Another year has come and gone. I can distinctly remember all the work that went in to computer programs to ensure that Y2K (Year 2000) didn't create massive disruptions in the health system (and more particularly the BreastScreening program that I worked in at the time. At that time I had no idea what God had in store for me. In fact that was the year I embarked on a Graduate Certificate in Management (Queensland Health). I wasn't really sure where I was heading, but I guarantee that I wouldn't have even dreamed of being an elementary classroom teacher in an International School in Phnom Penh, let alone having been doing it for 9 years! Yes, I'm about to start my tenth year of teaching! Doing what I always wanted to do, back as far as primary school, and certainly for most of my high school year. God took me on a journey, eventually leading me to East-West International School, Phnom Penh. It's my sixth year at EWIS, and I still love it.

Tomorrow is the start of second semester for me. I've enjoyed the two week break from teaching (not completely from the classroom). Now I'm looking forward to seeing the children again tomorrow and getting them back into learning mode. Some of them have been busy over the break using RAZ-Kids and Xtra Math, which is good. Others have hopefully read the books they borrowed from the classroom library and school library. Some will have done both. My lessons for this week are planned and most of the preparation is complete.

Tomorrow we start work on daily number fact practice for multiplication. After we finish 40 days of multiplication we'll move on to division. Some of the students know their facts quite well so will be working on speed, others know them or can work them out very slowly, and they'll be working on speed as well, while others will be working on both speed and accuracy.

I'm not completely caught up on my marking, but there's not a huge amount to do. I'm hoping I can be completely up-to-date by the end of the week. I've still got after school program on Mondays for 3 more weeks, and then I'll do a term on Tuesdays, since uni has scheduled Collaborate lecture sessions on Monday afternoons.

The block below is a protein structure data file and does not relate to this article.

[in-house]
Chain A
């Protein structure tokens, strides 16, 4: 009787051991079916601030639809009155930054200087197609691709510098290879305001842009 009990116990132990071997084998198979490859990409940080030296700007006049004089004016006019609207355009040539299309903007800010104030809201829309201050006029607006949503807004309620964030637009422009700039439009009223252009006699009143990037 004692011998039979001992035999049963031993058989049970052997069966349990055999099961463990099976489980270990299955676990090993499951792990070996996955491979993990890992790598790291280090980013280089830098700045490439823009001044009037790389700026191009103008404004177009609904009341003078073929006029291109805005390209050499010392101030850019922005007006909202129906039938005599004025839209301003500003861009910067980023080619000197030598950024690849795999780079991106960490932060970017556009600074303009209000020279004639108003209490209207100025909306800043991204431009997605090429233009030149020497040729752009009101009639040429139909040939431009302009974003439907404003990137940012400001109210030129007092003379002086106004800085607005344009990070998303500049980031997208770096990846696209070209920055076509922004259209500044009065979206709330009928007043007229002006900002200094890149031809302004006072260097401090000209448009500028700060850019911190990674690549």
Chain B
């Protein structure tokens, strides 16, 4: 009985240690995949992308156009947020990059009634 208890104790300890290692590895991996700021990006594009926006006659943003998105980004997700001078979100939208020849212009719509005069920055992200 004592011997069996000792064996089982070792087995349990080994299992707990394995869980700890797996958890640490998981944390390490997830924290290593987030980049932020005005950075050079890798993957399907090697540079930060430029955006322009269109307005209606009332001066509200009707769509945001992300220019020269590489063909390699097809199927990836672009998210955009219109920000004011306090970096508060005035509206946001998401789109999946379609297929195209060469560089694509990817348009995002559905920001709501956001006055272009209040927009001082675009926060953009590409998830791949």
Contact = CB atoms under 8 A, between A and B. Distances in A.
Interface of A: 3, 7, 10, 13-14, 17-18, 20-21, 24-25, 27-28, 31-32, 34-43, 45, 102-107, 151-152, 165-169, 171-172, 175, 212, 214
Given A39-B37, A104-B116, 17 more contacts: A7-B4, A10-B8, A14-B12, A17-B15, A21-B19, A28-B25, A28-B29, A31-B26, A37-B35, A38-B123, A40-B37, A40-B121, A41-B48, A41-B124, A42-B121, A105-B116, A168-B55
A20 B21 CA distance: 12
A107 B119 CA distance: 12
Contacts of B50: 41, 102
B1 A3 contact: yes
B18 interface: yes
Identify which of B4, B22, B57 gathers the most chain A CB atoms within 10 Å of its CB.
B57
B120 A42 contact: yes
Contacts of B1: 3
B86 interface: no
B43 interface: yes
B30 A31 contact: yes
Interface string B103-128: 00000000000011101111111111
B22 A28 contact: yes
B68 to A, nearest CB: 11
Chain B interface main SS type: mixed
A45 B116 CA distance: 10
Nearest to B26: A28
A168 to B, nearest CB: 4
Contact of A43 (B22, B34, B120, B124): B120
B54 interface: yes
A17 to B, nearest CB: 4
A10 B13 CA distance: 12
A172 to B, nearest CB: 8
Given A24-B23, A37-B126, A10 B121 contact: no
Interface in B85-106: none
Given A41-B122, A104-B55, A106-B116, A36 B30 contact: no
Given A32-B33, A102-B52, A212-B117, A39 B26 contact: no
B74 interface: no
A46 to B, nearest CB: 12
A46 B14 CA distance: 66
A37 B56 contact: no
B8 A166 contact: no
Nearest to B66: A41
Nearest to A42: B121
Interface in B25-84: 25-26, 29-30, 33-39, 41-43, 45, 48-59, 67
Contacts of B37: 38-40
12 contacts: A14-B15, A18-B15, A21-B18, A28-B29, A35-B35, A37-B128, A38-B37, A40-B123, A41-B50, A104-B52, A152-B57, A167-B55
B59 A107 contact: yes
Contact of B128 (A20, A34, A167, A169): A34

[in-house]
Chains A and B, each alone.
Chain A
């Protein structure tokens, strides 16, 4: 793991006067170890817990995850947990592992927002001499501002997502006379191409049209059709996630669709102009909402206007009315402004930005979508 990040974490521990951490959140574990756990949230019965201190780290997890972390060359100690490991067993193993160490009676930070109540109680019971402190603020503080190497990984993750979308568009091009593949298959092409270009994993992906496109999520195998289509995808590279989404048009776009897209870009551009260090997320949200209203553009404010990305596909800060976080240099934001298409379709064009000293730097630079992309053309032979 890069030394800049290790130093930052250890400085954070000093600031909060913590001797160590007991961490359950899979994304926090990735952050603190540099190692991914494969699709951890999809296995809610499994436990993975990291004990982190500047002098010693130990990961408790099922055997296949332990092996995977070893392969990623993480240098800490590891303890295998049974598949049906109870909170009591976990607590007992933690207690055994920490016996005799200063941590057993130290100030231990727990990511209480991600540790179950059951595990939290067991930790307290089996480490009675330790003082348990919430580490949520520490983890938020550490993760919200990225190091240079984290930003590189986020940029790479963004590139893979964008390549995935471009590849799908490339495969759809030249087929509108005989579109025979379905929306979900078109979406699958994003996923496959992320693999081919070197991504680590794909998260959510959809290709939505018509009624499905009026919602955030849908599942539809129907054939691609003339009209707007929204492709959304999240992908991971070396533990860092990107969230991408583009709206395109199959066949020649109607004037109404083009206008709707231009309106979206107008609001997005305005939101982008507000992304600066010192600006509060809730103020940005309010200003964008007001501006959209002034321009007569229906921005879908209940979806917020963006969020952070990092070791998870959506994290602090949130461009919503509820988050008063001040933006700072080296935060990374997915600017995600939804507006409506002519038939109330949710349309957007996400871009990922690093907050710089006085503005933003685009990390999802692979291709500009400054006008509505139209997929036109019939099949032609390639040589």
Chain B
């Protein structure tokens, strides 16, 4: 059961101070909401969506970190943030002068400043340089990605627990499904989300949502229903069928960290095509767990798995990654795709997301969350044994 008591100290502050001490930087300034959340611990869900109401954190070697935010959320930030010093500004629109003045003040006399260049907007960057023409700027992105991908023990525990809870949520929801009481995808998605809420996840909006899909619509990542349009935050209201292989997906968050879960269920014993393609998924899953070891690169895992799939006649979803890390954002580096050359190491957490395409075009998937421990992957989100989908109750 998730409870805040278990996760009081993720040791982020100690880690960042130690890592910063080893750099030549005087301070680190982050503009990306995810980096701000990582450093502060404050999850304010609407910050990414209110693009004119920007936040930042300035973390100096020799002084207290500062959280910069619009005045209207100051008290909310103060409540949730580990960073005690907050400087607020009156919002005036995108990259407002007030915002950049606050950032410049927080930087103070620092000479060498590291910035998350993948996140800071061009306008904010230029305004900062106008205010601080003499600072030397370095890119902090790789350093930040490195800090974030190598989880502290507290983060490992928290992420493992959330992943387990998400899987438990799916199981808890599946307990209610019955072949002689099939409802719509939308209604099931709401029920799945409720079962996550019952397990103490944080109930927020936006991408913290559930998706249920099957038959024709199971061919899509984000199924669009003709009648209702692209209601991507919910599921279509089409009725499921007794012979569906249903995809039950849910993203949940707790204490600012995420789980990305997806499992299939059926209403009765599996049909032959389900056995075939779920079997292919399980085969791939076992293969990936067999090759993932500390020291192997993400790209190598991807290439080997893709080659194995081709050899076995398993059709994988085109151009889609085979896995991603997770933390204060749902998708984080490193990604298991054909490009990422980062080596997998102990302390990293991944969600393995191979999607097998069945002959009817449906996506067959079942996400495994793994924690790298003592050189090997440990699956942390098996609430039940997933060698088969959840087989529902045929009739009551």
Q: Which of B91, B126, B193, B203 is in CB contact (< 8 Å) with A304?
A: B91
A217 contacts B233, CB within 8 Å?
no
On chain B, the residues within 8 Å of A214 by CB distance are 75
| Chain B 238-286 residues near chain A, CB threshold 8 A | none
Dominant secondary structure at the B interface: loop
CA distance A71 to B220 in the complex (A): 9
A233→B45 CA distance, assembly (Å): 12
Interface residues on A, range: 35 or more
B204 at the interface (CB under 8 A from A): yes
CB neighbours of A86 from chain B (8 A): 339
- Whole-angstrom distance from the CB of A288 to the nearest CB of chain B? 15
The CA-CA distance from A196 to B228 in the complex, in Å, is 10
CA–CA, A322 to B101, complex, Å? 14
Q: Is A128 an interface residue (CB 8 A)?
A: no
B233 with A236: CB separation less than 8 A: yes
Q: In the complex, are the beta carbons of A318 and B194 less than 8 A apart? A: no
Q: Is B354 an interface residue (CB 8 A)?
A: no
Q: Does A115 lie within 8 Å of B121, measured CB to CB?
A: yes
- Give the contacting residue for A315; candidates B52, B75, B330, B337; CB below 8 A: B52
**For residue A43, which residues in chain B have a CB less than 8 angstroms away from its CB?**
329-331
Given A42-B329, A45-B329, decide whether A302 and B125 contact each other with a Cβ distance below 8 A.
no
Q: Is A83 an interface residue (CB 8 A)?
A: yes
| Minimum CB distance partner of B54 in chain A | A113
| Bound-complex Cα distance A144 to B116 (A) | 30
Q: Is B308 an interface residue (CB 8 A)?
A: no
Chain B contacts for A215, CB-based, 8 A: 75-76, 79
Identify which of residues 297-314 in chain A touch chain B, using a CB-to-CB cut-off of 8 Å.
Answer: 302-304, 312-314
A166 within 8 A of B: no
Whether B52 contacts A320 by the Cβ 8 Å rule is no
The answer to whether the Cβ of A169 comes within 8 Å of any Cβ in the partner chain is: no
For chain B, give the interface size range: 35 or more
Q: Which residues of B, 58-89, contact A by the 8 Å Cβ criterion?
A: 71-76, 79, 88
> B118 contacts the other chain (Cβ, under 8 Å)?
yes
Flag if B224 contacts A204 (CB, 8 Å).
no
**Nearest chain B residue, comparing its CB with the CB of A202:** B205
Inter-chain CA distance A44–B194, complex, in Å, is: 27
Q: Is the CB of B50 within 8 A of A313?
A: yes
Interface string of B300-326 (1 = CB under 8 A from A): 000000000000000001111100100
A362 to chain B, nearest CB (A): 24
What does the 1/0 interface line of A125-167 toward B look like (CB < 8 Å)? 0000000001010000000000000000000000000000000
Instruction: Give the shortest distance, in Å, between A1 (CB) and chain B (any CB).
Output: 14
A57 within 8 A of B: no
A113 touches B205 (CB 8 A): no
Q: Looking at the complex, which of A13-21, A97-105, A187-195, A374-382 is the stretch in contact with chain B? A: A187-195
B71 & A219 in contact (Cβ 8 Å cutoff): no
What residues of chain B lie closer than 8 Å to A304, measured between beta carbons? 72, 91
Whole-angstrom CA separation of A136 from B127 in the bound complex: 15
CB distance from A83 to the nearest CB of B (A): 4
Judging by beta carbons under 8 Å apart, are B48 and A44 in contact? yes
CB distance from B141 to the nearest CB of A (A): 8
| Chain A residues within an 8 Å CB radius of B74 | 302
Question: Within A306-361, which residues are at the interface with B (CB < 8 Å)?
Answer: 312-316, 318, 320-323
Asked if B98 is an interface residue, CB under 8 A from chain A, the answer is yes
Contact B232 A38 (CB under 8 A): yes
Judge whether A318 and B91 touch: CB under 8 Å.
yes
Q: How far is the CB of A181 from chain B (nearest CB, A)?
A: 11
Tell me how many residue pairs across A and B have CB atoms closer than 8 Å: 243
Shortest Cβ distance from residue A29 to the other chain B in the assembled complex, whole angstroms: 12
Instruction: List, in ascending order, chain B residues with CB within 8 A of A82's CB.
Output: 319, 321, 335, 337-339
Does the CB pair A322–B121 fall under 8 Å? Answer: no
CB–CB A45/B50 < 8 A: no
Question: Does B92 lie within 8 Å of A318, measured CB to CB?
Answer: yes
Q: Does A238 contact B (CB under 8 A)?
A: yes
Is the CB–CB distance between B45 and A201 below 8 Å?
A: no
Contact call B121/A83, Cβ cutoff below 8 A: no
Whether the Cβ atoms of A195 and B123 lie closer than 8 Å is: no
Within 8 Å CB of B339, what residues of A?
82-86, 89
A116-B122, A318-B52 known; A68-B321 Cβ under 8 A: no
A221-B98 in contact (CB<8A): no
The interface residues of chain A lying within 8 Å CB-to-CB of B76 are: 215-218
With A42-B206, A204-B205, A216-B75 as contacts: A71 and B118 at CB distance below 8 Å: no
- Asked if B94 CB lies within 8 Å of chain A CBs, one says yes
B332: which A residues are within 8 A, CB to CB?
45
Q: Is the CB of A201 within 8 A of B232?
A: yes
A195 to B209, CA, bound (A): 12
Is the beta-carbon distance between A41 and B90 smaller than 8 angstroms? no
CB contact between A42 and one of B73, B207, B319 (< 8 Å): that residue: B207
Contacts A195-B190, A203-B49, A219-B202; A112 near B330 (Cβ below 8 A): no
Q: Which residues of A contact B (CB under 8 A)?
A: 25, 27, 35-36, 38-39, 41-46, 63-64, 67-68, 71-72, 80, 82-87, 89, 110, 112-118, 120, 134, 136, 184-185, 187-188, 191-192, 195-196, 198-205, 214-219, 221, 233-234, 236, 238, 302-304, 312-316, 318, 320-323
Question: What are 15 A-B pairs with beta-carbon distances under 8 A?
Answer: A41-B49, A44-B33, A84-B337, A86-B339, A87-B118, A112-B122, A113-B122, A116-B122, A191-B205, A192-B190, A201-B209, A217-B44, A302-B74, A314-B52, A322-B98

My non-school goal for January is to read and take notes on my text book for the coming semester. The unit I'm about to embark on is called Inclusive Education: Theory, Policy and Practice. While the primary focus of the textbook is on the Australian and New Zealand context, I'm looking forward to exploring it in relation to the context of International Schools, especially in Asia, and particularly in Cambodia. Semester doesn't officially start until 22nd February, and actually teaching dates are 29th February to 3rd June, with a break from 26th March to 3rd April (I've got no doubt I'll be busy working on assignments during that break!). There will be plenty of extra reading to be done once the semester starts as well as lectures to listen to and assignments to write!

After a very early start this morning (4.30am wake-up to catch the flight back to Phnom Penh), I'm planning an early night tonight. I hope that plan works and I'm bright-eyed and well rested by 6am tomorrow for the coming school week. I hope that your 2016 has begun well, and is a good year. Soursedey Chnam Thmei. Happy New Year.